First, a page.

Review of Ghostbusters: Afterlife (2021)


When I was a child, I wanted to be a Ghostbuster when I grew up. Heck, if I was given the opportunity today to put one of those uniforms and strap on a proton pack I wouldn’t hesitate.

I think I wouldn’t be wrong in saying that most of my generation grew up fascinated with Ghostbusters (1984) and its sequel in 1989. It mixed the paranormal with just enough comedy to make it a classic and essential part of an 80’s baby’s childhood.

When I heard that they were making a film that was a direct sequel from the original two, I was hesitant. Most of the anxiety I felt was derived from Ghostbusters (2016). That film attempted to take the general premise of the beloved classic while making it their own. And, in my opinion, it failed to have that balance between seriousness and comedy. Every character did their best to be funnier than everyone else.

Directed by Jason Reitman, son of Ivan Reitman who directed the first two movies, it is a faithful sequel that honors the legacy of the original films.

Phoebe and Podcast are two of my favorites in this film.

The film begins with the death of Dr. Egon Spengler. We actually see the character on screen for the entirety of this opening scene, but we never see his face. It’s night and the face is shrouded in darkness. It’s a nice way to include the character and to work around the 2014 passing of Harold Ramis.

We then see the three main characters. Trevor (played by Finn Wolfhard), Phoebe (played by McKenna Grace, and their mother Callie (played by Carrie Coon). They’re effectively evicted from their apartment and forced to move to a small town in Oklahoma. Callie’s father left her his home and dirt farm. Without being told who Callie’s father is, we already know that it was Egon because of the stunning resemblance in Phoebe’s intelligence, speech, and deadpan joke delivery line.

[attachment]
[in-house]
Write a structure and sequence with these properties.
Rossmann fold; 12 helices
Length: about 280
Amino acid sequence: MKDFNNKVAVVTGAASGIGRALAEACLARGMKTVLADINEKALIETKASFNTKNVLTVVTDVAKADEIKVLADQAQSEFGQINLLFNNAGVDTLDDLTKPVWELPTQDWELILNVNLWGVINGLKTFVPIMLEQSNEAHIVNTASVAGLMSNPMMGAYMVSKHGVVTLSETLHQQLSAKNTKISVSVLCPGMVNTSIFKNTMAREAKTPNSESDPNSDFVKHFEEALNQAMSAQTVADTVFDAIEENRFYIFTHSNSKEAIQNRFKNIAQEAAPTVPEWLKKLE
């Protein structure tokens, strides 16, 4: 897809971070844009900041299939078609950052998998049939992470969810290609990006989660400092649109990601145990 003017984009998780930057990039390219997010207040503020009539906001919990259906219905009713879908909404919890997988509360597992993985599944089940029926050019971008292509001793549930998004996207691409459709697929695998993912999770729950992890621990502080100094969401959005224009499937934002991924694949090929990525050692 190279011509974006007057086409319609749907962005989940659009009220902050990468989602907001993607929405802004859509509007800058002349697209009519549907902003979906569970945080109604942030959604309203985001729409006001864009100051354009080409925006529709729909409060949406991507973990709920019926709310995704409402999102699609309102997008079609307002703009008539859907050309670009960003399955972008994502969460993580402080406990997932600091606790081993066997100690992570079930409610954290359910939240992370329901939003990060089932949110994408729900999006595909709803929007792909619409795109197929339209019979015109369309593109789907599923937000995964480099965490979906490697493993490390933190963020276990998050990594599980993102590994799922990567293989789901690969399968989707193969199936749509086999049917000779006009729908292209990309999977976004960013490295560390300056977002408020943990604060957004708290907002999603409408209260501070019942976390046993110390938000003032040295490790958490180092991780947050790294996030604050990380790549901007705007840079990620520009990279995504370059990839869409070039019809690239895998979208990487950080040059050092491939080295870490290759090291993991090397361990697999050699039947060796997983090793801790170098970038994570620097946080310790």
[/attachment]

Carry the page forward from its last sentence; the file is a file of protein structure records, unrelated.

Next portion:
Dr. Egon Spengler, played by Harold Ramis

What follows once the family moves to the town is an explosion of nostalgia that normally would destroy a movie. Music, return of an old nemesis, the return of the original cast, and the general plot points of the ’84 film are all there. However, all of this nostalgia is tempered by the backstory of Egon’s trek west and how it affected his family and friends. If nothing else, it’s a wonderful tribute to the late Harold Ramis.

If you’ve ever seen the Netflix original Stranger Things, then you know Finn Wolfhard is an excellent actor. However, it’s really McKenna Grace that shines in this movie. From her round glasses to her stoic facial features, she fills in for the absence of Egon near perfectly.

As far as side characters, Podcast (played by Logan Kim) and Mr. Grooberson (played by Paul Rudd) round out the cast. The only actor/actress that I thought was forgettable was Lucky (played by Celeste O’Connor). I say forgettable not because of O’Connor’s acting, but because the fourth of the young Ghostbusters isn’t given much to do other than be the love interest of Trevor. I’d venture a guess that Lucky was supposed to be this film’s version of Winston because they both join the team later in the film and are the “regular” everyday person.